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State demands fire fee

By: Laura O’Brien, Loomis News Correspondent
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Loomis and Penryn residents barraged local fire stations last week with questions about the new state-mandated fire fee.

The $150 fee has been imposed on state responsibility areas outside of incorporated towns. Roughly 5,000 to 6,000 people living within the Loomis Fire Protection District, but outside Town of Loomis borders are affected, said Dave Wheeler, fire protection district chief.

“Residents need to pay that bill because there’s some pretty significant penalties if they don’t,” Wheeler said.

Penalties include a further fee and potential lien.

He said Loomis residents were surprised when they received notices about the fee from the State Board of Equalization.  He said they expected the fee to show up on their property tax bills.

“I knew it was coming, but you know, until you actually see the dollar sign it doesn’t register,” said Bill Tudsbury, who lives outside the town borders and is a member of the Loomis Fire Protection District Board of Directors.

The California Legislature passed the fee and Governor Jerry Brown signed it into law last summer.  The fee brings in $84 million for fire prevention, including thinning brush and trees around homes.  Statewide it’s the rural property owners on 31 million acres covered by the California Department of Forestry and Fire Protection who will receive bills.  Property owners who already pay fees to a fire district get a $35 fee reduction.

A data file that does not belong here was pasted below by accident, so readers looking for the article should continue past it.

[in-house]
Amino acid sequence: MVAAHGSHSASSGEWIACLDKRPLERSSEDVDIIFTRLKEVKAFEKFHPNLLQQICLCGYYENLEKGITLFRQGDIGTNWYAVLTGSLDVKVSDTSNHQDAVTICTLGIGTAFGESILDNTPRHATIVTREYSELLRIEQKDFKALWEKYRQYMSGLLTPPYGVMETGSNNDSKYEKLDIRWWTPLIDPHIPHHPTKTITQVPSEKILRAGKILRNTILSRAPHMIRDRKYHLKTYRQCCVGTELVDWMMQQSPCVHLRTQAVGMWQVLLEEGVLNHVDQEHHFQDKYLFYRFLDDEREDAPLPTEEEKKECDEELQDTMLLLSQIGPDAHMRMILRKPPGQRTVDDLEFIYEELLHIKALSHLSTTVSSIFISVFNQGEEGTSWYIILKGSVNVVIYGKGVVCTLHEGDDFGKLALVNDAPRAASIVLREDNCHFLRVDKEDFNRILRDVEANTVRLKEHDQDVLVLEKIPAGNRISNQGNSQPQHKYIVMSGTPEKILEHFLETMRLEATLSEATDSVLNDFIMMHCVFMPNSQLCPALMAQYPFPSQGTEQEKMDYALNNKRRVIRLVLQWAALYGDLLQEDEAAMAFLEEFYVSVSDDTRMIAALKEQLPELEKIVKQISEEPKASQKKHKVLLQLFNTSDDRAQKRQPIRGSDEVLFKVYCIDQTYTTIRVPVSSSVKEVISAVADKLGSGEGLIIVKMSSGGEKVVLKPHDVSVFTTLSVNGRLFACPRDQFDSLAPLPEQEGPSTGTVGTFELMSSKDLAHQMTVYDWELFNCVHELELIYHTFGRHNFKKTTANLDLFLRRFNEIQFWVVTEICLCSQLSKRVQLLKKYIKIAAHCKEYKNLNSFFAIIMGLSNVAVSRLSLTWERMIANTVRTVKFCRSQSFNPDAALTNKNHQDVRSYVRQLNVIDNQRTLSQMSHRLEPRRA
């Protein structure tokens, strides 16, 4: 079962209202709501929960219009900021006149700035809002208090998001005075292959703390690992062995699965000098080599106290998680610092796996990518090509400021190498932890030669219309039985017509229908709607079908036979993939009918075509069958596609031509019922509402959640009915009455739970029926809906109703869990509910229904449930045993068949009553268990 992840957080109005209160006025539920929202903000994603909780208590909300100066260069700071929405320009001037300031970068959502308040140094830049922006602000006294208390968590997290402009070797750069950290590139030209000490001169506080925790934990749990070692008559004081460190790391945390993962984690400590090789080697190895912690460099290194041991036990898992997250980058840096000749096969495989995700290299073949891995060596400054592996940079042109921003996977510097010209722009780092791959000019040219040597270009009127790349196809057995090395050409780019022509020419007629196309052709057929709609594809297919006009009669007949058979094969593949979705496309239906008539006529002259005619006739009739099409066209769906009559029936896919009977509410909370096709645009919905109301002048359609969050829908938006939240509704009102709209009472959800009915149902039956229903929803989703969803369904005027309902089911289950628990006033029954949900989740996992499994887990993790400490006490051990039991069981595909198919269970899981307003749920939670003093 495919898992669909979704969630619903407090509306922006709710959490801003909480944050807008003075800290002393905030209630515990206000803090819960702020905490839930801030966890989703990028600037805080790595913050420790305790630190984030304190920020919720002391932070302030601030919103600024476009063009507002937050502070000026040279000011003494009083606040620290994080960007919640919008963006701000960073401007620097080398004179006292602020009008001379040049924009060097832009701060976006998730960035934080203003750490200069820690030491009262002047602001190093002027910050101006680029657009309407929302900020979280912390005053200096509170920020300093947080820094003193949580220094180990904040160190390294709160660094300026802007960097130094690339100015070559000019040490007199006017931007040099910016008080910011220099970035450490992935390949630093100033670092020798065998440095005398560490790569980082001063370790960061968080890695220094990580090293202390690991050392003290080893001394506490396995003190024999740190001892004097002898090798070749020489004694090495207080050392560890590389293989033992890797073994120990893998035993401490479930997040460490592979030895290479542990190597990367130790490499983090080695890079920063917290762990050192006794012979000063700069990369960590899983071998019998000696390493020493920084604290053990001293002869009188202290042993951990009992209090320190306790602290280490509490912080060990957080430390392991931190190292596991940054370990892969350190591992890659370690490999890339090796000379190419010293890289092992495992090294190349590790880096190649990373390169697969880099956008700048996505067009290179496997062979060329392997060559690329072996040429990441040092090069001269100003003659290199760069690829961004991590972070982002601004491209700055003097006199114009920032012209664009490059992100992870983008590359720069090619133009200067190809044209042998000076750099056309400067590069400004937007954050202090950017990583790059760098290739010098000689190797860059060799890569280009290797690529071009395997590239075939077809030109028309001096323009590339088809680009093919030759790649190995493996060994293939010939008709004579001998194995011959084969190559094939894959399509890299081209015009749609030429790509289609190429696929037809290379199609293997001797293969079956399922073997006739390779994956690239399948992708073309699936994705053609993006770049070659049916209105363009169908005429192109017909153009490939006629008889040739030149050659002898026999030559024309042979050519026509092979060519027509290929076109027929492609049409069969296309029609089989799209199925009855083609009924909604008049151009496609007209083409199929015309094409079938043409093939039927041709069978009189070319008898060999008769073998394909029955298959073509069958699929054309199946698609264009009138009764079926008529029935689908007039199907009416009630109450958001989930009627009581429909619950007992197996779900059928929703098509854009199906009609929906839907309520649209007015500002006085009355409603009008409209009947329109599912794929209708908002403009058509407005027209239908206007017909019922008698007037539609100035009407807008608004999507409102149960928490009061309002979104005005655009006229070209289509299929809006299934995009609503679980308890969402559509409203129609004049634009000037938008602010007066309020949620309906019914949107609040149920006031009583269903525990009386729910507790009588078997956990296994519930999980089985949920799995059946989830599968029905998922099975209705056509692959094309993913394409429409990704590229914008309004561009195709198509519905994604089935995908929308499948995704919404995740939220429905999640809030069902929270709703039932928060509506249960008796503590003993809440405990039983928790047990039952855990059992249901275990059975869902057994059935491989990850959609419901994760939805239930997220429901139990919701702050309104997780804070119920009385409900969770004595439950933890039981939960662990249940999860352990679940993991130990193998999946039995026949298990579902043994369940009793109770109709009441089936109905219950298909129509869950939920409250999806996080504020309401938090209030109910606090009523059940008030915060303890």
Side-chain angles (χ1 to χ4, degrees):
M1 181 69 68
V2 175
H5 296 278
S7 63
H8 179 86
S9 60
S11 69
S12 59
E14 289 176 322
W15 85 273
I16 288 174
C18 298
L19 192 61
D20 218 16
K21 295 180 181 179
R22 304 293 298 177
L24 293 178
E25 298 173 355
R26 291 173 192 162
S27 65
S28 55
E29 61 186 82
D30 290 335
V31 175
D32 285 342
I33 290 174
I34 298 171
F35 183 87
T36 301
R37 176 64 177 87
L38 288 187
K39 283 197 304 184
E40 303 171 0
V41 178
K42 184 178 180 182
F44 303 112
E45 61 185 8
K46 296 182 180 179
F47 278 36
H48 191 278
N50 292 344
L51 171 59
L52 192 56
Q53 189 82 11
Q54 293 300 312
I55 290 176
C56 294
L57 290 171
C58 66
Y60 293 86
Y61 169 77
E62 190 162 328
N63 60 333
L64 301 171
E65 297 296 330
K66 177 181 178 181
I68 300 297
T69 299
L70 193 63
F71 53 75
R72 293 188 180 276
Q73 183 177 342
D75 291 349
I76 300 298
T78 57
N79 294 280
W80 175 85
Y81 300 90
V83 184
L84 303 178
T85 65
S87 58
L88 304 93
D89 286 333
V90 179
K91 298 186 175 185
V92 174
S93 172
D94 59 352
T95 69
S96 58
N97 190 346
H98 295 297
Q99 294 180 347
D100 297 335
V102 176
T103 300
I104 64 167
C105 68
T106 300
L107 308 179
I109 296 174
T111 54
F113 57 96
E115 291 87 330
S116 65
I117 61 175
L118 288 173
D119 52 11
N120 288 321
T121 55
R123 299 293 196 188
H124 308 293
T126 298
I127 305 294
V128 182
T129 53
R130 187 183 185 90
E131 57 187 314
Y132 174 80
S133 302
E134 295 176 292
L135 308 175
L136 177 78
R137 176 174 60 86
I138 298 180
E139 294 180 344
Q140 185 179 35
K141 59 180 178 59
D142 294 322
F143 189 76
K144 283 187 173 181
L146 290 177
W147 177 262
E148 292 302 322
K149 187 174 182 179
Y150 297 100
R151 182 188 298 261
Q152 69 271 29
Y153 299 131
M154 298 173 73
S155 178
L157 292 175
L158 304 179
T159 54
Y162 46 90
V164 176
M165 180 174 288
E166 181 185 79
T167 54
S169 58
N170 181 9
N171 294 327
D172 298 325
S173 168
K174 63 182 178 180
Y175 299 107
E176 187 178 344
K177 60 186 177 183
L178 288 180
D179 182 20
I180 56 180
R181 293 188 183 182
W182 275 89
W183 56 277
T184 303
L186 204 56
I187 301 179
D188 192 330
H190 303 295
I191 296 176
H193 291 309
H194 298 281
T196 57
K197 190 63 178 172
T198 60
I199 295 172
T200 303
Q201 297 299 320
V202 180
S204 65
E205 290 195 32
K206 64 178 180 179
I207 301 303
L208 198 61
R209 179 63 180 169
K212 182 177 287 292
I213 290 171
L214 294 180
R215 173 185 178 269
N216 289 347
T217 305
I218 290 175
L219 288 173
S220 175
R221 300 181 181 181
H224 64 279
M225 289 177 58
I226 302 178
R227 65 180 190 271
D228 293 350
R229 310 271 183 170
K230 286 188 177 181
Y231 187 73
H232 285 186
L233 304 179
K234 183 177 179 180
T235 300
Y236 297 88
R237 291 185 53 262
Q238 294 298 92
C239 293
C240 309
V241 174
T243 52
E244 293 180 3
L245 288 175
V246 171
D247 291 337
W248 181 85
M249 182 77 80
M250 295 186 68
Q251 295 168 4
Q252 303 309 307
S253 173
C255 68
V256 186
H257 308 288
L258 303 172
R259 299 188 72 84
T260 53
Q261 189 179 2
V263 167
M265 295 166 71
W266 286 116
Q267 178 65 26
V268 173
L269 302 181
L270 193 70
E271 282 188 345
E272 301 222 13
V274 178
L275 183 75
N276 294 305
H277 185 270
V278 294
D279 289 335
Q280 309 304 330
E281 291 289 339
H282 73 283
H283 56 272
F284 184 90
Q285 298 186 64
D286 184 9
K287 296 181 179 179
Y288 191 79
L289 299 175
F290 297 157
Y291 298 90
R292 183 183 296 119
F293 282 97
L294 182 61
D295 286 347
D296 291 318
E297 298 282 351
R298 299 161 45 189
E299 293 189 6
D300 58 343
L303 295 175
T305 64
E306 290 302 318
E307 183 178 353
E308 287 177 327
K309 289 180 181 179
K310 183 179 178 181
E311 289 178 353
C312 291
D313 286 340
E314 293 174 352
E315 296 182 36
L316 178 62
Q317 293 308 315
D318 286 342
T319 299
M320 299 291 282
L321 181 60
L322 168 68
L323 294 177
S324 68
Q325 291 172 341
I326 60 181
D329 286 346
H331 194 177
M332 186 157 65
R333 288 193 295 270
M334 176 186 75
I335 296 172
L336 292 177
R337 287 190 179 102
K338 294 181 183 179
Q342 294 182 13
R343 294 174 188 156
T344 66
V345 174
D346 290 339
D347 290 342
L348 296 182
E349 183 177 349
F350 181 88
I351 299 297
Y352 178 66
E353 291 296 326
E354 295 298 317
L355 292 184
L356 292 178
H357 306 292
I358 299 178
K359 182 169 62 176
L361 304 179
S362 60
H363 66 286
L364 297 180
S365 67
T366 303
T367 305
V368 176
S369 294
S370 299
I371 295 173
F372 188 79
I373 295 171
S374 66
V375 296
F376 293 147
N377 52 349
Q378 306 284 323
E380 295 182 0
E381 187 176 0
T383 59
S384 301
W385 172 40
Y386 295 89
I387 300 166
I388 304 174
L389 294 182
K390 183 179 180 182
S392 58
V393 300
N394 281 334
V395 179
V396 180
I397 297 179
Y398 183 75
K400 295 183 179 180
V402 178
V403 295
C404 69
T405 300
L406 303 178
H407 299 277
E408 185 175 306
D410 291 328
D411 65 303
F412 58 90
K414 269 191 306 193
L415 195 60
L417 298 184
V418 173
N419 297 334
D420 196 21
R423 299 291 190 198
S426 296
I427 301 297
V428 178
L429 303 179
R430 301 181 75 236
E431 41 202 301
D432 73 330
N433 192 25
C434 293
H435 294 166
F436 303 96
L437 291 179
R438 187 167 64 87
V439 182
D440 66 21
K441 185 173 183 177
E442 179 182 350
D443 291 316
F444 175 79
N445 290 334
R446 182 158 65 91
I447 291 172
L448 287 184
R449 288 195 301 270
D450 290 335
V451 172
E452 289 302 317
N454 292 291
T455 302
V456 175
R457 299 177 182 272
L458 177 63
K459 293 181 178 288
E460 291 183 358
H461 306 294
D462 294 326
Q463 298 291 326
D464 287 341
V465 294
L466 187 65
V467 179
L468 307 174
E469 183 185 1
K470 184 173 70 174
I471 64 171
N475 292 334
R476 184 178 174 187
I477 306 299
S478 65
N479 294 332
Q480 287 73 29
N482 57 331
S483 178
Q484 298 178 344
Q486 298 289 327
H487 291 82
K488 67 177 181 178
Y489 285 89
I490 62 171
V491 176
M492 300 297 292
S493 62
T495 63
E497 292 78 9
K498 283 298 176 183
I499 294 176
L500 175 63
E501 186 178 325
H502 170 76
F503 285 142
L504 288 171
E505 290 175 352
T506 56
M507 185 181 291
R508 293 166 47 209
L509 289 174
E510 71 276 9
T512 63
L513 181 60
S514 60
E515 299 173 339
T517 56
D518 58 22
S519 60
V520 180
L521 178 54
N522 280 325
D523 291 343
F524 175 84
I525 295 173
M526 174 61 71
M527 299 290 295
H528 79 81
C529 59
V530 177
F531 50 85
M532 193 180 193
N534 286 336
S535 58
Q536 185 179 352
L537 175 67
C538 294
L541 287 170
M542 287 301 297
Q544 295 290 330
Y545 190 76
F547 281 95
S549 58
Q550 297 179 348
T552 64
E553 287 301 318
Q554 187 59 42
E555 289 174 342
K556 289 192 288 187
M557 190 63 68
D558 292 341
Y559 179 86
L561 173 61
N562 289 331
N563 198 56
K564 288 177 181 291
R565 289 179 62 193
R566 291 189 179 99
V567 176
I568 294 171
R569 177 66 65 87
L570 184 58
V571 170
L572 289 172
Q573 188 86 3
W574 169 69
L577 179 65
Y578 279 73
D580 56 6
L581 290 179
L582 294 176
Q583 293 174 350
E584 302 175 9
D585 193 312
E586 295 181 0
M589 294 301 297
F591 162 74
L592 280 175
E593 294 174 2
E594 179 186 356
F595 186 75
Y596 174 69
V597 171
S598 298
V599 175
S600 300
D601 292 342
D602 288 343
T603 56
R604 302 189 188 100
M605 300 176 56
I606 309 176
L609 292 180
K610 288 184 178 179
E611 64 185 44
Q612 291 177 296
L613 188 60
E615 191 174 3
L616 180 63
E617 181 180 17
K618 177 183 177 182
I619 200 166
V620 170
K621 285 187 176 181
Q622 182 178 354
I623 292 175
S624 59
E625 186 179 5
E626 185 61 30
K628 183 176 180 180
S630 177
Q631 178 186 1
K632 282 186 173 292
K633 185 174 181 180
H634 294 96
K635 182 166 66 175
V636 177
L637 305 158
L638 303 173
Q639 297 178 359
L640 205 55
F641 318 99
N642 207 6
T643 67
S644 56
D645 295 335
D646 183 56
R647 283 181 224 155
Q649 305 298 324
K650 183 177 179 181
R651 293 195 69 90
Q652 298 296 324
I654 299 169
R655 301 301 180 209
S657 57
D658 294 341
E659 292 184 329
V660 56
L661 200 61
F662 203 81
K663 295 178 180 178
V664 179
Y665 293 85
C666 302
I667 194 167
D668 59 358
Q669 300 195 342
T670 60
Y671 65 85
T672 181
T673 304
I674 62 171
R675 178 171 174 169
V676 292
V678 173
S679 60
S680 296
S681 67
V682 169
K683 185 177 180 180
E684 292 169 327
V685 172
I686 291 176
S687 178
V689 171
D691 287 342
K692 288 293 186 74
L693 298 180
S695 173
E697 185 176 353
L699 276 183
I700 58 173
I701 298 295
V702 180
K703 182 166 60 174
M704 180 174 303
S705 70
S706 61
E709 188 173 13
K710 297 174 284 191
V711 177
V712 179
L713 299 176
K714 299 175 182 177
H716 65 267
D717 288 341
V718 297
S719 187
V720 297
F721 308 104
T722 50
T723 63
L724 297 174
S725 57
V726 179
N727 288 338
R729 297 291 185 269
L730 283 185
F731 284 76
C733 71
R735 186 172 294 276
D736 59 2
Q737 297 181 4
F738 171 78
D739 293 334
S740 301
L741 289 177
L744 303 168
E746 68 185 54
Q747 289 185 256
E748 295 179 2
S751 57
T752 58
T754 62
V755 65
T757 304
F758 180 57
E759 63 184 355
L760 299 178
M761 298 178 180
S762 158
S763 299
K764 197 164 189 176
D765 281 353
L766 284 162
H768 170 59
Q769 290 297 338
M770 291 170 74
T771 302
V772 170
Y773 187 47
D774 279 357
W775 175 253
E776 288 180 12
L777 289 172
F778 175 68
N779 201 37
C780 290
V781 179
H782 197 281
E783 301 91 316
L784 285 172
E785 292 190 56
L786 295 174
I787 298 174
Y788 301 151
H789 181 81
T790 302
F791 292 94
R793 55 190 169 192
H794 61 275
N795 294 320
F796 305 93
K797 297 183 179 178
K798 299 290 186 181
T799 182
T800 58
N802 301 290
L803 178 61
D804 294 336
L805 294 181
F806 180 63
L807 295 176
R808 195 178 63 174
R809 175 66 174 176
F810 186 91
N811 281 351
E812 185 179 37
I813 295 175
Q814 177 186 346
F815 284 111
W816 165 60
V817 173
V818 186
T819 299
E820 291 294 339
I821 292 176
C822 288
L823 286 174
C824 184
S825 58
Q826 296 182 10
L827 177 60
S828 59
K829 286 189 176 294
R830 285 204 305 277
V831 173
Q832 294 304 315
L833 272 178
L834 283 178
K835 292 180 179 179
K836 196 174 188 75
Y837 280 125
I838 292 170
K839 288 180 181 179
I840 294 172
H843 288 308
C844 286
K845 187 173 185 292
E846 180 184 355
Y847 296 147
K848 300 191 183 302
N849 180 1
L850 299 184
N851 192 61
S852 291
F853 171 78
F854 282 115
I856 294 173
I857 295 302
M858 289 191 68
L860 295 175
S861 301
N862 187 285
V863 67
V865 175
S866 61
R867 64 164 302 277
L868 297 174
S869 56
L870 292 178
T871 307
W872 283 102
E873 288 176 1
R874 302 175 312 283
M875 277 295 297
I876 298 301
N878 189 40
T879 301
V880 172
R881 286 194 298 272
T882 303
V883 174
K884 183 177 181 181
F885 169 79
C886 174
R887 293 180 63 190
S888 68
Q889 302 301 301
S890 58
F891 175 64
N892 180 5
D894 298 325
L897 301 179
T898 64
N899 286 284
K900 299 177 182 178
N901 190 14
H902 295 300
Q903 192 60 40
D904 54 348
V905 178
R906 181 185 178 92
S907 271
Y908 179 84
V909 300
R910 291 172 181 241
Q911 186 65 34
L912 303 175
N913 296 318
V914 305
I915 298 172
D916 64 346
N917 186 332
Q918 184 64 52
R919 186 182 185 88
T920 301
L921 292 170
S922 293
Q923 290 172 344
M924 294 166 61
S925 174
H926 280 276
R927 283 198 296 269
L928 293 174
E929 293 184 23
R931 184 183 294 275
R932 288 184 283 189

Most property owners in the Penryn Fire Protection District are subject to the fire fee because Penryn is unincorporated.

“We’re actually getting overwhelmed with quite a few phone calls and people coming in not understanding the fees,” said Mitch Higgins, Penryn Fire Protection District chief. 

Earlier this month, the Howard Jarvis Taxpayers Association filed a class action lawsuit against the Department of Forestry and the State Board of Equalization on behalf of the 825,000 California property owners subject to the fire fee.

Higgins said, “We’re explaining to them that it’s a fee that Cal Fire is putting together for prevention, but we have been leading them to Howard Jarvis.”

Wheeler said none of the new fees will come back to Loomis residents in the form of services. 

“It very much is a bait and switch situation,” he said.  “They are getting no additional services than they got before.”

Cal Fire’s Placer County operations include stations in Auburn, Lincoln and Roseville.  Wheeler said Cal Fire is responsible for brush fires, not structure fires or emergency calls, but Loomis Fire responds to brush fires, too.

“Obviously, a vegetation fire can take out structures.  If there’s a fire we’re going to put it out as quickly as we can,” he said.

The fire fee will pay for fire prevention efforts, like brush clearing near residential areas and roadways, along with improving forest health so forests can endure wildfires, according to Cal Fire’s website.

Brian Myers sits on the board for the Penryn Fire Protection District.

“We’re paying to help Southern California with their fire problem and it’s the same fee for everybody up and down the state,” Myers said.  “It’s not right that we have to help pay for L.A.”

Tudsbury said he has visited the Howard Jarvis website about the fire fee lawsuit at www.firetaxprotest.org.

“I hope everybody outside the Town of Loomis goes to this website and follows through on this so at least we can have some voice heard on this,” he said.

Auburn Journal staff writer Amber Marra contributed to this article